The Telegraph
 
 
ARCHIVES
Since 1st March, 1999
 
THE TELEGRAPH
 
 
Email This Page
Promises made, only to be broken

Siliguri, June 6: Three months after Asim Dasgupta went around some of the ailing Dooars tea gardens and rolled out promises aplenty, it is time for a progress report.

The finance minister had sanctioned Rs 16 crore to the district administration on April 3. With the funds for the quarter ending June came the promise of doctors for every tea estate, a slew of financial schemes and alternative means of livelihood.

“Health staff attached to the gardens before they closed down will also be recalled to ensure better healthcare,” the minister said.

But even after 571 deaths, the picture remains the same.

“Only two doctors responded to our ad and agreed to work on contract,” said Banamali Roy, the sabhadhipati of Jalpaiguri zilla parishad. “We have appointed them to Kalchini and Bharnobari gardens.”

Even a second ad failed to attract doctors to the hunger death zone. “Not only that, no health worker who had served in the gardens earlier, turned up,” said Bhusan Chakraborty, the chief medical officer of health, Jalpaiguri.

Many workers of the closed estates had not taken Dasgupta seriously. “We never expected it to happen. There was a mobile van earlier that used to carry patients. For the past two-three months, that service, too, has been discontinued,” said Gopal Das of Sikarpur and Bhandapur Tea Estate.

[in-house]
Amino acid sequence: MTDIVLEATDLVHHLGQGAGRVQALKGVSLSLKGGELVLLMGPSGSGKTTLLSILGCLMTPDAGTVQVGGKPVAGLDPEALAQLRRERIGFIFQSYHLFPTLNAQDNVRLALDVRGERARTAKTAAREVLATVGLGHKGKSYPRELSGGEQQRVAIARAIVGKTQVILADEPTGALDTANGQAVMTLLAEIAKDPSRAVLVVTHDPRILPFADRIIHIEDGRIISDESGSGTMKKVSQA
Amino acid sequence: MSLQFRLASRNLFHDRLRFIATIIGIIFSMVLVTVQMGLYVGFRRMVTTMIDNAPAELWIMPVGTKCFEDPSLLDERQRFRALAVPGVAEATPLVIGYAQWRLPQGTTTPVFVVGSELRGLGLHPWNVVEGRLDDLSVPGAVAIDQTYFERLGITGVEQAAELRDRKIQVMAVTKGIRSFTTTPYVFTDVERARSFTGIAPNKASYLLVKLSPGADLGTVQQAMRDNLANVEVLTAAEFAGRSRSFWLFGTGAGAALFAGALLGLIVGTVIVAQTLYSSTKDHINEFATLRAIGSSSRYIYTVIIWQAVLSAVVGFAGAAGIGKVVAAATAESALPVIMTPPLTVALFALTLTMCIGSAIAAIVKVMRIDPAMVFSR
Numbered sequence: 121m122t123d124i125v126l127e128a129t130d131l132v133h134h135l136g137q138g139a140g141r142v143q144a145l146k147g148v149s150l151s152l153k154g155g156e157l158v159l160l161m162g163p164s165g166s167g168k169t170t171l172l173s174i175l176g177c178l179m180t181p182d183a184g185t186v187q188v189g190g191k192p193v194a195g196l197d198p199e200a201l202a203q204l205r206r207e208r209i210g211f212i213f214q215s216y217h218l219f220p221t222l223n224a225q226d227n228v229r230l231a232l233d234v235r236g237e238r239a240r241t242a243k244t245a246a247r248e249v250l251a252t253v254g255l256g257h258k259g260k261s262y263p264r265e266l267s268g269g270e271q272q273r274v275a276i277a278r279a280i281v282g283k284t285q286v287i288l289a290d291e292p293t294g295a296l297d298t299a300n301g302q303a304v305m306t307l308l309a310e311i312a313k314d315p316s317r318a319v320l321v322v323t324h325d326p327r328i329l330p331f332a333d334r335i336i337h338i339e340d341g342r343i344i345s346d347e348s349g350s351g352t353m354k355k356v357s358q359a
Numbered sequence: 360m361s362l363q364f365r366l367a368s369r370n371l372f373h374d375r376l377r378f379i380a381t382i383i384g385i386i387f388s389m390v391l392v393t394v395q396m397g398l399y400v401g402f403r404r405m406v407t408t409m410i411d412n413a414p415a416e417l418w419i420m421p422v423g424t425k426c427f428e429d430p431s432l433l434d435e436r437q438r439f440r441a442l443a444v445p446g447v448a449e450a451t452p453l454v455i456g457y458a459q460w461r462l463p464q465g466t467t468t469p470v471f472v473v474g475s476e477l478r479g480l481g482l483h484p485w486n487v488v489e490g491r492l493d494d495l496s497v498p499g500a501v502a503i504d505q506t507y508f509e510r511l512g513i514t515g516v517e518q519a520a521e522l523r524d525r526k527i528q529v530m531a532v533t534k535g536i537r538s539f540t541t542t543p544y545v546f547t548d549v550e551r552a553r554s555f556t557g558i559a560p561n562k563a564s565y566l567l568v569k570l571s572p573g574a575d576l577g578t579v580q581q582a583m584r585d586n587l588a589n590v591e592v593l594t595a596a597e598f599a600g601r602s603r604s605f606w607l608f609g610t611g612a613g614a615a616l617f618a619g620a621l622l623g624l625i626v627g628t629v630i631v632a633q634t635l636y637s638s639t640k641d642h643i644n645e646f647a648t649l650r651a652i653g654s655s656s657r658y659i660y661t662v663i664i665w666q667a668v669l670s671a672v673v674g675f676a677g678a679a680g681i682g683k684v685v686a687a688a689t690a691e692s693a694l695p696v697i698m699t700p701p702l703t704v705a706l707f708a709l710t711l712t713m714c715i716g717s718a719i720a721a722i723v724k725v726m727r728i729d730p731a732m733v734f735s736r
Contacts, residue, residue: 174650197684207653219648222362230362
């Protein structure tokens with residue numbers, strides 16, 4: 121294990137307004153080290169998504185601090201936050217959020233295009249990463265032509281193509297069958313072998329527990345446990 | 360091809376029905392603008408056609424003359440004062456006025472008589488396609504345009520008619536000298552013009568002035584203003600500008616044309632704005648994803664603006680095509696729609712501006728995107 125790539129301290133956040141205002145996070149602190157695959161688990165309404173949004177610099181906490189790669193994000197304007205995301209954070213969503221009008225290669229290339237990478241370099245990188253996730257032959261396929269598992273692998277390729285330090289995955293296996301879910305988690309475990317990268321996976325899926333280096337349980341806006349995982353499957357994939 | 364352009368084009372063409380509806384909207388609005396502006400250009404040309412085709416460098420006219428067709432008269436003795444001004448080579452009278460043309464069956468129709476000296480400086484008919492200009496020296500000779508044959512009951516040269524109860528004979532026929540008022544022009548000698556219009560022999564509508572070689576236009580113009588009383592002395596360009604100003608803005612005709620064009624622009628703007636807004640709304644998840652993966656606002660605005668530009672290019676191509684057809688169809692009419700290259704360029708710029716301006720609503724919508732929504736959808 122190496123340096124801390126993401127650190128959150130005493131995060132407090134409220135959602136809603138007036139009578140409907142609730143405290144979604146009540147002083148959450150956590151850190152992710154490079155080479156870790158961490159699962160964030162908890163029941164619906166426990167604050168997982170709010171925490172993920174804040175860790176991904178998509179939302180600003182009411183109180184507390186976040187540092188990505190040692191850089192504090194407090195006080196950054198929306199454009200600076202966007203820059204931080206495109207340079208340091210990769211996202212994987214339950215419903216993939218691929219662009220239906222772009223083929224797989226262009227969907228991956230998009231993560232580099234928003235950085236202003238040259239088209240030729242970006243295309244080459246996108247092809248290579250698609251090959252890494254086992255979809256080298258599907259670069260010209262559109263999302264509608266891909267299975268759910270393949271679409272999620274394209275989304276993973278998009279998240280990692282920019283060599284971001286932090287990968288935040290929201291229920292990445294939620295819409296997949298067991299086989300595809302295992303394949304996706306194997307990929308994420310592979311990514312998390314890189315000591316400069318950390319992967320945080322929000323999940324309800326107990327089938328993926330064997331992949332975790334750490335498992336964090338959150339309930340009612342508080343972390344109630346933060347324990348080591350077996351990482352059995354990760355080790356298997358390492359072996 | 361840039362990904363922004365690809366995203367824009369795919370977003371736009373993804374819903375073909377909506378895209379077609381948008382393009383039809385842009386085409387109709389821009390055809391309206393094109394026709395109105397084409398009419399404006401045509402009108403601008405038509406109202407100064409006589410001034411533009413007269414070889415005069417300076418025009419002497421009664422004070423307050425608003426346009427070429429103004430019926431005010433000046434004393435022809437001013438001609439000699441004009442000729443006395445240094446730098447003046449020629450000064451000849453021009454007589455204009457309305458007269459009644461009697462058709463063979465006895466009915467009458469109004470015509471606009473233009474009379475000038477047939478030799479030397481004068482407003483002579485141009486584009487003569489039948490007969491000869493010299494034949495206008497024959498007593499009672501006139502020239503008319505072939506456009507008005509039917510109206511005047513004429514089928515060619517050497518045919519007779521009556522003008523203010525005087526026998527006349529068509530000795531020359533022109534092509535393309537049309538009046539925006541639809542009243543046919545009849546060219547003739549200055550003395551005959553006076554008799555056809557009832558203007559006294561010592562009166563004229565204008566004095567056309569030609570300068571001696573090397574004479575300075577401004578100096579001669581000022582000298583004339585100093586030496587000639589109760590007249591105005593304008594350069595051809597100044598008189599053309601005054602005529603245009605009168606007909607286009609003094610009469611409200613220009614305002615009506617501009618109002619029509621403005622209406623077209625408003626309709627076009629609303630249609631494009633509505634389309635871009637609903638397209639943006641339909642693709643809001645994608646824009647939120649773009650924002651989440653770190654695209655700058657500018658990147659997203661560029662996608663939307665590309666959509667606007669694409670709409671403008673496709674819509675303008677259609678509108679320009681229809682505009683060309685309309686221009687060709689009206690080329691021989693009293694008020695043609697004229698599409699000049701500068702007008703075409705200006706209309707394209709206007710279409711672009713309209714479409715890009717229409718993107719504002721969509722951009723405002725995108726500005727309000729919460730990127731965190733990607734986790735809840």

But there were many oth- ers, like Biplab Sarkar of Bharnobari, who pinned their hopes on the minister’s promi- ses. Sarkar said a health sub- centre has come up in his garden. “But there are usually no medicines there.”

Sania Bhumij, a leader of the Citu-affiliated Cha Bagan Mazdoor Union at Raipur Tea Estate, said the mobile medical team is more frequent now. “But we still don’t have an ambulance in our garden to carry patients to Jalpaiguri, 10 km away.”

Some of Dasgupta’s other promises include agriculture or multi-cropping on 2,200 acres of unused land in the estates. “We had sent a proposal to start cultivation of pulses, black gram, corn and paddy on 800 acres,” said Sarthak Burma, the north Bengal additional director of agriculture. “It hasn’t been sanctioned.”

Distribution of foodgrain and monetary relief has started, though. Labour officials monitoring the Financial Assistance to Workers of Locked- out Industries Scheme said all 13 gardens have been included in the list.

The district administration has completed a housewise survey that was part of the study to find the number of deaths in the gardens.

Top
Email This Page